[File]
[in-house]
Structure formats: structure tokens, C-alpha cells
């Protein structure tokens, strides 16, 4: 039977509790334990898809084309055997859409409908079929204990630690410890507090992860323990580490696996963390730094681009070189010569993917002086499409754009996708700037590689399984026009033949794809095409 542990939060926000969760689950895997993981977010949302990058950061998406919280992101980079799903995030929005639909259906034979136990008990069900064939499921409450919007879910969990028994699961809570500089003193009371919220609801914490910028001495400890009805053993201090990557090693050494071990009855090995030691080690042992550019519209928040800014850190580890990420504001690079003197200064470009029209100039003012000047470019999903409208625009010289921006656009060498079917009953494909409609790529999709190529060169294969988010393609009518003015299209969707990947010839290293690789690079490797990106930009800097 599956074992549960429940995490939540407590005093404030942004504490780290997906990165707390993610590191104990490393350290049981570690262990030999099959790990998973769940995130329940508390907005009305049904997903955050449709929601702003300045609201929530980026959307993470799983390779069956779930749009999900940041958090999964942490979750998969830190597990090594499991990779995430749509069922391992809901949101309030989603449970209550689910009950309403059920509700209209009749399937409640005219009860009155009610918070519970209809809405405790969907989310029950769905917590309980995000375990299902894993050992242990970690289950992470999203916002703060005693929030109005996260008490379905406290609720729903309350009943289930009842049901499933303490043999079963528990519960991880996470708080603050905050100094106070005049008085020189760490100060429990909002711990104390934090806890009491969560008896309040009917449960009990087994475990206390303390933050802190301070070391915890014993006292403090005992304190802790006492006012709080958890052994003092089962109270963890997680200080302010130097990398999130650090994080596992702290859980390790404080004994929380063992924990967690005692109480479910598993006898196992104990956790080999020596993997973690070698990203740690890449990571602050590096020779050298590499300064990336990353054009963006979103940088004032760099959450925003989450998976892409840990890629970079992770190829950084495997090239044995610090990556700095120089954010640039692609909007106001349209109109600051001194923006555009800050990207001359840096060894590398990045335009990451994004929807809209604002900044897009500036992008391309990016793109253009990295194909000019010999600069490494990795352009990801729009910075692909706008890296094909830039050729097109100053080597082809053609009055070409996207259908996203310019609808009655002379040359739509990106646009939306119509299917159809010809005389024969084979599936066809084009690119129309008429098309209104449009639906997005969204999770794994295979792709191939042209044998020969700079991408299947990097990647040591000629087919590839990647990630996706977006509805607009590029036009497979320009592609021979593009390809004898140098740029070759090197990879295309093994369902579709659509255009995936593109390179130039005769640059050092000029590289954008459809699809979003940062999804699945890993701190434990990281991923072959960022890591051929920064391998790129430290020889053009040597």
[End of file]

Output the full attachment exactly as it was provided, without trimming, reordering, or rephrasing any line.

[in-house]
Structure formats: structure tokens, C-alpha cells
């Protein structure tokens, strides 16, 4: 039977509790334990898809084309055997859409409908079929204990630690410890507090992860323990580490696996963390730094681009070189010569993917002086499409754009996708700037590689399984026009033949794809095409 542990939060926000969760689950895997993981977010949302990058950061998406919280992101980079799903995030929005639909259906034979136990008990069900064939499921409450919007879910969990028994699961809570500089003193009371919220609801914490910028001495400890009805053993201090990557090693050494071990009855090995030691080690042992550019519209928040800014850190580890990420504001690079003197200064470009029209100039003012000047470019999903409208625009010289921006656009060498079917009953494909409609790529999709190529060169294969988010393609009518003015299209969707990947010839290293690789690079490797990106930009800097 599956074992549960429940995490939540407590005093404030942004504490780290997906990165707390993610590191104990490393350290049981570690262990030999099959790990998973769940995130329940508390907005009305049904997903955050449709929601702003300045609201929530980026959307993470799983390779069956779930749009999900940041958090999964942490979750998969830190597990090594499991990779995430749509069922391992809901949101309030989603449970209550689910009950309403059920509700209209009749399937409640005219009860009155009610918070519970209809809405405790969907989310029950769905917590309980995000375990299902894993050992242990970690289950992470999203916002703060005693929030109005996260008490379905406290609720729903309350009943289930009842049901499933303490043999079963528990519960991880996470708080603050905050100094106070005049008085020189760490100060429990909002711990104390934090806890009491969560008896309040009917449960009990087994475990206390303390933050802190301070070391915890014993006292403090005992304190802790006492006012709080958890052994003092089962109270963890997680200080302010130097990398999130650090994080596992702290859980390790404080004994929380063992924990967690005692109480479910598993006898196992104990956790080999020596993997973690070698990203740690890449990571602050590096020779050298590499300064990336990353054009963006979103940088004032760099959450925003989450998976892409840990890629970079992770190829950084495997090239044995610090990556700095120089954010640039692609909007106001349209109109600051001194923006555009800050990207001359840096060894590398990045335009990451994004929807809209604002900044897009500036992008391309990016793109253009990295194909000019010999600069490494990795352009990801729009910075692909706008890296094909830039050729097109100053080597082809053609009055070409996207259908996203310019609808009655002379040359739509990106646009939306119509299917159809010809005389024969084979599936066809084009690119129309008429098309209104449009639906997005969204999770794994295979792709191939042209044998020969700079991408299947990097990647040591000629087919590839990647990630996706977006509805607009590029036009497979320009592609021979593009390809004898140098740029070759090197990879295309093994369902579709659509255009995936593109390179130039005769640059050092000029590289954008459809699809979003940062999804699945890993701190434990990281991923072959960022890591051929920064391998790129430290020889053009040597």